Parsons is not accepting Knox's apology as sincere.

Matthew Miazga

It would be hard to imagine Matt Miazga (right) apologizing in a quiet, sobby voice, but we can anticipate the male equivalent from him sometime soon. Unless, of course, he continues in his arrogant insistance that he did nothing wrong, that he still believes he properly prosecuted the Klassens and Kvellos, and that because he has support from Justice Minister Frank Quennell he is under no obligation to account for his actions.

Frank Quennell, in his short time as Attorney General and Justice Minister has already challenged two Queen's Bench judges: George Baynton and Gerry Allbright. Cathy Knox should feel right at home in Saskatchewan. This is the province where prosecutors can place before the court cases they know are deeply flawed against persons they know are probably innocent. Then, when the flaws of the cases and reasonable doubt are revealed by judges at a higher level, the prosecutor can rely on the justice minister to use his even higher office to cast doubt upon the judges.

Brian Dueck

This must change before Saskatchewan citizens can take any pride in our justice system. Just as good cops have had to take the heat for the actions of bad cops like Hatchen and Munson and Brian Dueck, so good prosecutors are having to take the heat for sneaky prosecutors like Gary Parker, Matt Miazga and Sonja Hansen. Even worse, they have to watch their top boss, the minister, behaving like an ignoramus.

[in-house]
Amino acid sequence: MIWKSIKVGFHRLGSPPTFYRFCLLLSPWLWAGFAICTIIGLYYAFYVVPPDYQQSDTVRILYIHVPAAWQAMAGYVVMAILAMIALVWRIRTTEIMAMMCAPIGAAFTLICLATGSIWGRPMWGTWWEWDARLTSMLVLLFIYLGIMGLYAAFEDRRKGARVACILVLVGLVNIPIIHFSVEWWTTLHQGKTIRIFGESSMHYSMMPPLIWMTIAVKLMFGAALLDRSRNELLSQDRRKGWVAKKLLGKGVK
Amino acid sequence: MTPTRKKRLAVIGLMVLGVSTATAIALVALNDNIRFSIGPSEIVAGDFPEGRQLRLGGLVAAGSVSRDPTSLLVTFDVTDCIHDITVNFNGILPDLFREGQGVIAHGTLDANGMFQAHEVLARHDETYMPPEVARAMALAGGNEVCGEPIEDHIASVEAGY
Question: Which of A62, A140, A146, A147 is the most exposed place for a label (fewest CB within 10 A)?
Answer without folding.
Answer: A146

In March, 2003, before the Klassen-Kvello case had made it to trial, I wrote an editorial From macro to micro where I tried to understand Saskatchewan in the world context. A lot has happened in the 14 months since I wrote that one. One of the observations I made was that the Internet made it much more difficult for cover-up artists to conceal their ignoble deeds. Recent events in Iraq and the U.S. have shown this to be true. The Internet and cable news have brought to us the amazing and offensive pictures of badly trained American soldiers cruelly mistreating Iraqi detainees/prisoners of war.

Stripped Iragis

Stripped IragisThe disclosure of these pictures has resulted in an outpouring of outrage from highly placed U.S. officials (all the way to President Bush) insisting that our western civilization is above such savagery, that these are isolated incidents or aberations. The pious assertion is that systems based on Judean Christian values are superior to the less humane values of systems based on Muslim values. Several spokesmen and spokeswomen for the U.S. military have observed that the exposing of these incidents undermines their regime-change agenda and suggest razing Abu Ghraib prison would both symbolically and physically fix the problem. The idea seems to be that the building itself became contaminated with Saddam Hussein's violence because they were poorly trained, the U.S. prison guards became contaminated by the inhumanity.